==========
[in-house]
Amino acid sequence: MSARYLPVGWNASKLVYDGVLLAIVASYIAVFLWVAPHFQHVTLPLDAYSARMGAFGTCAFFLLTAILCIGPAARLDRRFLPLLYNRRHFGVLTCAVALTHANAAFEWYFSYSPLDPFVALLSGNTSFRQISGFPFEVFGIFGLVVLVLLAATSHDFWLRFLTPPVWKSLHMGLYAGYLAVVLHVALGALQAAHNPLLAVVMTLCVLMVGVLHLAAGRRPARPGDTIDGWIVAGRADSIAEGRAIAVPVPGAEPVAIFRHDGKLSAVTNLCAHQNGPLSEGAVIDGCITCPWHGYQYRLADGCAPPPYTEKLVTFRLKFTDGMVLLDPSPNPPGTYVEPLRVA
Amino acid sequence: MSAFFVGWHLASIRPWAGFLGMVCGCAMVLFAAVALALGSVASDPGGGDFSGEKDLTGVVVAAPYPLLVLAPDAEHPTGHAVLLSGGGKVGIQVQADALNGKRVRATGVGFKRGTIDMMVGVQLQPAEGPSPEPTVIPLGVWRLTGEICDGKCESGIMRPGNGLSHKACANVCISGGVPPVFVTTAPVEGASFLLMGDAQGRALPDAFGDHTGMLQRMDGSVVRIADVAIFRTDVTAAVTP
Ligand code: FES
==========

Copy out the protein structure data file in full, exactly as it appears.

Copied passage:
[in-house]
Amino acid sequence: MSARYLPVGWNASKLVYDGVLLAIVASYIAVFLWVAPHFQHVTLPLDAYSARMGAFGTCAFFLLTAILCIGPAARLDRRFLPLLYNRRHFGVLTCAVALTHANAAFEWYFSYSPLDPFVALLSGNTSFRQISGFPFEVFGIFGLVVLVLLAATSHDFWLRFLTPPVWKSLHMGLYAGYLAVVLHVALGALQAAHNPLLAVVMTLCVLMVGVLHLAAGRRPARPGDTIDGWIVAGRADSIAEGRAIAVPVPGAEPVAIFRHDGKLSAVTNLCAHQNGPLSEGAVIDGCITCPWHGYQYRLADGCAPPPYTEKLVTFRLKFTDGMVLLDPSPNPPGTYVEPLRVA
Amino acid sequence: MSAFFVGWHLASIRPWAGFLGMVCGCAMVLFAAVALALGSVASDPGGGDFSGEKDLTGVVVAAPYPLLVLAPDAEHPTGHAVLLSGGGKVGIQVQADALNGKRVRATGVGFKRGTIDMMVGVQLQPAEGPSPEPTVIPLGVWRLTGEICDGKCESGIMRPGNGLSHKACANVCISGGVPPVFVTTAPVEGASFLLMGDAQGRALPDAFGDHTGMLQRMDGSVVRIADVAIFRTDVTAAVTP
Ligand code: FES